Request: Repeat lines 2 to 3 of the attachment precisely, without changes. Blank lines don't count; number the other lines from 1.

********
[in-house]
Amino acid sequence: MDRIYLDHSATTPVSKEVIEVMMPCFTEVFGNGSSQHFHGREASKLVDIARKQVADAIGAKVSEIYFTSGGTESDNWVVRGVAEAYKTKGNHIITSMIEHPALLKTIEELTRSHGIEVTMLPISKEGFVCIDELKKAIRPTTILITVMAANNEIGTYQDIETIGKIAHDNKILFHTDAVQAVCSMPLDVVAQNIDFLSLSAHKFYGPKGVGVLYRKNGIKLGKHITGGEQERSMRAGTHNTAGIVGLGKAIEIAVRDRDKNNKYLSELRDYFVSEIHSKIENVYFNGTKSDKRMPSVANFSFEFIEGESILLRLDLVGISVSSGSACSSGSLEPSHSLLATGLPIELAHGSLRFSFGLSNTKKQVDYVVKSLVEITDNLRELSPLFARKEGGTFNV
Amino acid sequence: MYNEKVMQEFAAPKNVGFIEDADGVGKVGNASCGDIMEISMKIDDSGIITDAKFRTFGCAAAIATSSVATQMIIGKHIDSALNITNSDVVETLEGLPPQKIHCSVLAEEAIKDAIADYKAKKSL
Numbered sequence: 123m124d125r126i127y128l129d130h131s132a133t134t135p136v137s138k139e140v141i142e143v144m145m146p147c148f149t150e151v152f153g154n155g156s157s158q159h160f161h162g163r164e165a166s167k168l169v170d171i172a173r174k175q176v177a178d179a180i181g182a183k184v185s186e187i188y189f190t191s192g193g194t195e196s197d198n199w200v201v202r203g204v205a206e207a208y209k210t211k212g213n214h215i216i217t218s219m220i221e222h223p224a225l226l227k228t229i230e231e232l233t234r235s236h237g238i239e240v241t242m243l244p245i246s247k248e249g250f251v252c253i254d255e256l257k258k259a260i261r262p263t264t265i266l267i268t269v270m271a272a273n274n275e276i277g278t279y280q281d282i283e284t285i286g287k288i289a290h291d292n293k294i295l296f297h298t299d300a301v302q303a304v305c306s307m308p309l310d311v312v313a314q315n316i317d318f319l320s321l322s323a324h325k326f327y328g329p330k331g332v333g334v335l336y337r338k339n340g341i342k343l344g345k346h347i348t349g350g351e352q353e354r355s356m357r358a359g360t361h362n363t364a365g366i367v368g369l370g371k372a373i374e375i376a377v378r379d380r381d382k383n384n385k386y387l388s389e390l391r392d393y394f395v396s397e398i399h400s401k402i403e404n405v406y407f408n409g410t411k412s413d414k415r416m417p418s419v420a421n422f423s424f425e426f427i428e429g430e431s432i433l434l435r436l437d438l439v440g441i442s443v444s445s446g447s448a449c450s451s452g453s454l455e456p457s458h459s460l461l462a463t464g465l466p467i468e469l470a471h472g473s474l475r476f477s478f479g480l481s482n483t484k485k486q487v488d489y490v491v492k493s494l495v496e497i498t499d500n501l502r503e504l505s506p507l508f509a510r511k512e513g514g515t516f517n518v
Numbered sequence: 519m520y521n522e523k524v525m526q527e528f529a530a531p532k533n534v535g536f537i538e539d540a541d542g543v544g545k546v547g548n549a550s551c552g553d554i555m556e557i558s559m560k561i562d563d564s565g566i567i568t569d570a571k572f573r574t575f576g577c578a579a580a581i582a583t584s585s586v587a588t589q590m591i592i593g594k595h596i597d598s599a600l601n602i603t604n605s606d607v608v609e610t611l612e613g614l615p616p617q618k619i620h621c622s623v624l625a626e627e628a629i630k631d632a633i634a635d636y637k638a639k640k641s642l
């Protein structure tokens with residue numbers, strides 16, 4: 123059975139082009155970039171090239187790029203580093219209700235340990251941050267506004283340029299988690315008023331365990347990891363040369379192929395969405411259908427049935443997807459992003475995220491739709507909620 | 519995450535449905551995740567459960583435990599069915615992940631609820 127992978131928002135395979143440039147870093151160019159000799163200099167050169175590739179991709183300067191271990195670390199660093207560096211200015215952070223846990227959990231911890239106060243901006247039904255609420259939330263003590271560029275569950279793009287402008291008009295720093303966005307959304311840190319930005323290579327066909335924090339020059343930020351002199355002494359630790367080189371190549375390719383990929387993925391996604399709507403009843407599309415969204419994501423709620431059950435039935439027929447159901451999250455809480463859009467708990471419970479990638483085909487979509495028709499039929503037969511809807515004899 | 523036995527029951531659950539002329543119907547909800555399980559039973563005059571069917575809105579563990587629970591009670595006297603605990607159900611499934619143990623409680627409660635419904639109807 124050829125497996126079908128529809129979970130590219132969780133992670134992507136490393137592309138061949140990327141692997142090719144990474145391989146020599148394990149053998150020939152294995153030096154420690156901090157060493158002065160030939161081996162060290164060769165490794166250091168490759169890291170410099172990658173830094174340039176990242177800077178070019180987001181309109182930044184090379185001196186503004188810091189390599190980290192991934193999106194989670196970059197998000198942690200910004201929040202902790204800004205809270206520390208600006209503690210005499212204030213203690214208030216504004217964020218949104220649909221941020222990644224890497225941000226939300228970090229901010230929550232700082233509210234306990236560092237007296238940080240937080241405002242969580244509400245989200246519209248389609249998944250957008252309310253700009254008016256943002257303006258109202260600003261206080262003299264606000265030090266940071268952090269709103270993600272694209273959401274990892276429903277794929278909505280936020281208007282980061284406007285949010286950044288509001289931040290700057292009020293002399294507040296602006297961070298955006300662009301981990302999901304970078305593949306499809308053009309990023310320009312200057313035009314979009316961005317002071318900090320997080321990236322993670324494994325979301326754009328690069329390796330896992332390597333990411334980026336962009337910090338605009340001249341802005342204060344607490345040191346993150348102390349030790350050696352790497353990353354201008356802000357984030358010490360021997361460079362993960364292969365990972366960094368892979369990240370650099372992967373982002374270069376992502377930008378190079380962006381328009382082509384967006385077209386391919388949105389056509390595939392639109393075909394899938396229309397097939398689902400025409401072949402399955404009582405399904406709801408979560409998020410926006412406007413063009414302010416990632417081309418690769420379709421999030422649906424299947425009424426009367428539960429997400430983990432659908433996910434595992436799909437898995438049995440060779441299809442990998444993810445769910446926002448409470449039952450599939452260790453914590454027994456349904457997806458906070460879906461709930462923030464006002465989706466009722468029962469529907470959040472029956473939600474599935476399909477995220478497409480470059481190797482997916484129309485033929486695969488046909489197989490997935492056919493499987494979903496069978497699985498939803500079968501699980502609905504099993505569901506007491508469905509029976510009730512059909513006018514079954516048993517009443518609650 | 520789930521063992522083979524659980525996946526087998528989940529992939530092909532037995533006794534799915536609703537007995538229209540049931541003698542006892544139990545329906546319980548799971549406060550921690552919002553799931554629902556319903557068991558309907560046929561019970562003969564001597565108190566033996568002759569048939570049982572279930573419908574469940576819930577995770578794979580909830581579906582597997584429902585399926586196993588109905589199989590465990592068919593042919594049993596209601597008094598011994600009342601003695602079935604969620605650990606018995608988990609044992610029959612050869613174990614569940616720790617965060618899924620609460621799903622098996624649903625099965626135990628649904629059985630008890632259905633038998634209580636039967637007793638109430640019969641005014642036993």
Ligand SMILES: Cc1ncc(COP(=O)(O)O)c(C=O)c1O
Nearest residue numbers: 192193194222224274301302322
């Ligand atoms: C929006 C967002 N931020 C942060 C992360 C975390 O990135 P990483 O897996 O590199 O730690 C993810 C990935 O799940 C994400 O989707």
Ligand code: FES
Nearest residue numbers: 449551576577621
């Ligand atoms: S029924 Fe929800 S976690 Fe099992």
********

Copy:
Amino acid sequence: MDRIYLDHSATTPVSKEVIEVMMPCFTEVFGNGSSQHFHGREASKLVDIARKQVADAIGAKVSEIYFTSGGTESDNWVVRGVAEAYKTKGNHIITSMIEHPALLKTIEELTRSHGIEVTMLPISKEGFVCIDELKKAIRPTTILITVMAANNEIGTYQDIETIGKIAHDNKILFHTDAVQAVCSMPLDVVAQNIDFLSLSAHKFYGPKGVGVLYRKNGIKLGKHITGGEQERSMRAGTHNTAGIVGLGKAIEIAVRDRDKNNKYLSELRDYFVSEIHSKIENVYFNGTKSDKRMPSVANFSFEFIEGESILLRLDLVGISVSSGSACSSGSLEPSHSLLATGLPIELAHGSLRFSFGLSNTKKQVDYVVKSLVEITDNLRELSPLFARKEGGTFNV
Amino acid sequence: MYNEKVMQEFAAPKNVGFIEDADGVGKVGNASCGDIMEISMKIDDSGIITDAKFRTFGCAAAIATSSVATQMIIGKHIDSALNITNSDVVETLEGLPPQKIHCSVLAEEAIKDAIADYKAKKSL